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Brittany Watts, Timko, Ohio, Miscarriage, Abortion, corpse, fetus

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More details are coming to light about the shocking case of Brittany Watts, the Ohio resident who was charged with the abuse of a corpse after she gave birth to a non-viable fetus while using the bathroom in September. Watts, who miscarried at 22 weeks, allegedly tried to flush and then plunge the fetus out of her toilet.

Watts’ startling case was sent to a grand jury in November, but several factors are hindering the court case from moving forward.

Diane Barber, the lead prosecutor on Watts’ case, told the Associated Press that Warren County officials were “compelled to move forward” with the case once it was bound by a municipal court. She doesn’t believe that a grand jury finding will occur in December.

“About 20% of the cases get no-billed, (as in) they do not get indicted and the case does not proceed,” Barber added.

At the preliminary hearing earlier this month, prosecutors and defense attorneys argued about the size and stage of Watts’ fetus and whether the unborn child was alive during the time of her miscarriage.

A Warren County forensic investigator claimed that they felt “a small foot with toes” while examining Watts’ toilet after police were called to the scene. To collect evidence, authorities seized the toilet and were able to retrieve the fetus intact. An autopsy later confirmed that the fetus died in utero before passing through Watts’ birth canal. They did not find signs of injury to the fetus.

After Watts miscarried, she reportedly traveled to a hair appointment she had scheduled without consulting medical officials. Her family did not know she was pregnant.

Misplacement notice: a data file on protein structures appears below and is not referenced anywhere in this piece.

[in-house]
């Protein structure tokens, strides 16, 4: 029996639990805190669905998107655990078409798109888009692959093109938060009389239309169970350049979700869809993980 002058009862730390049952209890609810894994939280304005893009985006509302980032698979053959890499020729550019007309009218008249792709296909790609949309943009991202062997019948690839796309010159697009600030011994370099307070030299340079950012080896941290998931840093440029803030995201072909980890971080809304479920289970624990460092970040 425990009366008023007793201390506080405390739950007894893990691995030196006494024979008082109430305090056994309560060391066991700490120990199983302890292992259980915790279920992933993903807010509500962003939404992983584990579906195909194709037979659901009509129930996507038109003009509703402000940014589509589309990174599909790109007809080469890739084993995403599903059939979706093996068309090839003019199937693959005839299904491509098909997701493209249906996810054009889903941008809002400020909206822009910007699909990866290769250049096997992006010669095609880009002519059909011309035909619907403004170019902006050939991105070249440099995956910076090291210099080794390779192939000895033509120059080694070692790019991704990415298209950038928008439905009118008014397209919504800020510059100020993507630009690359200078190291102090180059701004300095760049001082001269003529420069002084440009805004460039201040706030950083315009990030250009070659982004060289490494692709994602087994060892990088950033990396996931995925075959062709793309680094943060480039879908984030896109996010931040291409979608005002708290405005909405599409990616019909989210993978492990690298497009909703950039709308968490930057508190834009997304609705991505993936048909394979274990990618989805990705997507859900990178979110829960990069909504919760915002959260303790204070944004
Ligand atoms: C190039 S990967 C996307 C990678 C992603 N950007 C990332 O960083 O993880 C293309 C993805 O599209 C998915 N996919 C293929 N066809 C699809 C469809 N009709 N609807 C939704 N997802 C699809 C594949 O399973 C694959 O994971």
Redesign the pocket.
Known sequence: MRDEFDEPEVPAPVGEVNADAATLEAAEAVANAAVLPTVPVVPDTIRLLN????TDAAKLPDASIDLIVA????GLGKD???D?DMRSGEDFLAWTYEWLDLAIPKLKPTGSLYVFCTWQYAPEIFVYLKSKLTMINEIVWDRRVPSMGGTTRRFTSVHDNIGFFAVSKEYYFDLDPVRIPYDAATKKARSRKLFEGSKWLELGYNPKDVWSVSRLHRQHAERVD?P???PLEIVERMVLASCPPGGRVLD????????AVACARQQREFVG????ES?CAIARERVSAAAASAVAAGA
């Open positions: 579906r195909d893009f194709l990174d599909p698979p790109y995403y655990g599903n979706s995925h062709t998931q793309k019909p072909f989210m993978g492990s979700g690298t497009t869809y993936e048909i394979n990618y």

“The issue isn’t how the child died when the child died—it’s the fact that the baby was put into a toilet, large enough to clog up a toilet, left in that toilet and she went on [with] her day,” said Warren assistance prosecutor Lewis Guarnieri during the preliminary hearing.

Watts’ lawyer, Traci Timko, scoffed at the statement. She argued that the 33-year-old was probably traumatized by the experience, as she had been admitted to the hospital twice to address vaginal bleeding days before the incident, however, she left without being treated.

A doctor ultimately determined that Watts’ water had broken prematurely and while a fetal heartbeat was still present, they advised her to have her labor induced so that she could avoid serious complications. Medical officials told her that her baby would not survive. On the day of her miscarriage, Watts reportedly waited eight hours to receive care at a Warren, Ohio hospital, because doctors were debating on whether they would be penalized for treating her.

“You cannot be broadcasting any clearer that you just don’t get it,” Timko told the prosecutor after his harsh statement. “She’s trying to protect Mama. She doesn’t want to get her hair done. She wants to stop bleeding like crazy and start grieving her fetus, what she’s just been through.”

At the time of Watts’ miscarriage, abortion was legal in Ohio through 21 weeks. Pro-Abortion activists say Watts should not be demonized and charged for something that was completely out of her control. Many are calling the case “unjust” and an outright example of the control the law has on women’s bodies.

Timko believes the “abuse of a corpse” charge is too harsh given the gray area around the definition of corpse.

“From a legal perspective, there’s no definition of ‘corpse,’” Timko added. “Can you be a corpse if you never took a breath?”

Prosecutors argued that Watts should be held accountable for the miscarriage due to her leaving the toilet clogged after the incident, but some are saying that the Ohio resident was left with no choice. Abuse of a corpse is a fifth-degree felony punishable by up to a year in prison and can result in a $2,500 fine.


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